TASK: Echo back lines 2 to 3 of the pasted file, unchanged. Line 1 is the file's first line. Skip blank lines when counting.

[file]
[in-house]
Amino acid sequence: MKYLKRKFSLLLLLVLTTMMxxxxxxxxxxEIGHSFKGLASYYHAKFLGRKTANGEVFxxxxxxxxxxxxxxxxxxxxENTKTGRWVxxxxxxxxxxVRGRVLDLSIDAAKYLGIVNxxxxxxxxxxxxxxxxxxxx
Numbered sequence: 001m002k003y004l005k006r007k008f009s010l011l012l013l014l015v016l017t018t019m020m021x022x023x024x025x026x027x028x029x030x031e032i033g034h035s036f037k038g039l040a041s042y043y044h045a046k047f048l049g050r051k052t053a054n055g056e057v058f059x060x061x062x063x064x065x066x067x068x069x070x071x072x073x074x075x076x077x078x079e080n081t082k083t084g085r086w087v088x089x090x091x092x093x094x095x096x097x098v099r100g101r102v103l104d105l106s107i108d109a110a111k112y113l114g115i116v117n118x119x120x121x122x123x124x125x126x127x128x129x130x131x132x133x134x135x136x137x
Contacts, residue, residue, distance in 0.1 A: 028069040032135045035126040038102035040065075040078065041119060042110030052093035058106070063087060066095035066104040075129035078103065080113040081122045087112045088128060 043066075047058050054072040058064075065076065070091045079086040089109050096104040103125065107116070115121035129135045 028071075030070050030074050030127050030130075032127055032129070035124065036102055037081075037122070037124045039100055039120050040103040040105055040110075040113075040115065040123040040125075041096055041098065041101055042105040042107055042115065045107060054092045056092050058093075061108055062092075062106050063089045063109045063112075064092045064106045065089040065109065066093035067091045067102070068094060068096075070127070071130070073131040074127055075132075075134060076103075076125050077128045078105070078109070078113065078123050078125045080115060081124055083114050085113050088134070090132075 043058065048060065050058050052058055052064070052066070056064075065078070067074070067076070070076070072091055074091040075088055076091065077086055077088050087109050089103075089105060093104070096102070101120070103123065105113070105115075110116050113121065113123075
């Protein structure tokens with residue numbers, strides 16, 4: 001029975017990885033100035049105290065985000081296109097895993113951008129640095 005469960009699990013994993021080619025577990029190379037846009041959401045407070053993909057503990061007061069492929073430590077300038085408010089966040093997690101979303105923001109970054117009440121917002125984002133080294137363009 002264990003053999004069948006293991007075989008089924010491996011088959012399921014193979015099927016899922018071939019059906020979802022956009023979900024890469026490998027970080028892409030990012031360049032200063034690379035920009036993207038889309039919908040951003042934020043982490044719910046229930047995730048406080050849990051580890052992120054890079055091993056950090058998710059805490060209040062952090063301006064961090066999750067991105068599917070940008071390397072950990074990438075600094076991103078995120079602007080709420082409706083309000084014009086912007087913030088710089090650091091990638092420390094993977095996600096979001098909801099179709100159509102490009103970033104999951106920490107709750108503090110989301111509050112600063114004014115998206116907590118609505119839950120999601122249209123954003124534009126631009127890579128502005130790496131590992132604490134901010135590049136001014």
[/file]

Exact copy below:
Amino acid sequence: MKYLKRKFSLLLLLVLTTMMxxxxxxxxxxEIGHSFKGLASYYHAKFLGRKTANGEVFxxxxxxxxxxxxxxxxxxxxENTKTGRWVxxxxxxxxxxVRGRVLDLSIDAAKYLGIVNxxxxxxxxxxxxxxxxxxxx
Numbered sequence: 001m002k003y004l005k006r007k008f009s010l011l012l013l014l015v016l017t018t019m020m021x022x023x024x025x026x027x028x029x030x031e032i033g034h035s036f037k038g039l040a041s042y043y044h045a046k047f048l049g050r051k052t053a054n055g056e057v058f059x060x061x062x063x064x065x066x067x068x069x070x071x072x073x074x075x076x077x078x079e080n081t082k083t084g085r086w087v088x089x090x091x092x093x094x095x096x097x098v099r100g101r102v103l104d105l106s107i108d109a110a111k112y113l114g115i116v117n118x119x120x121x122x123x124x125x126x127x128x129x130x131x132x133x134x135x136x137x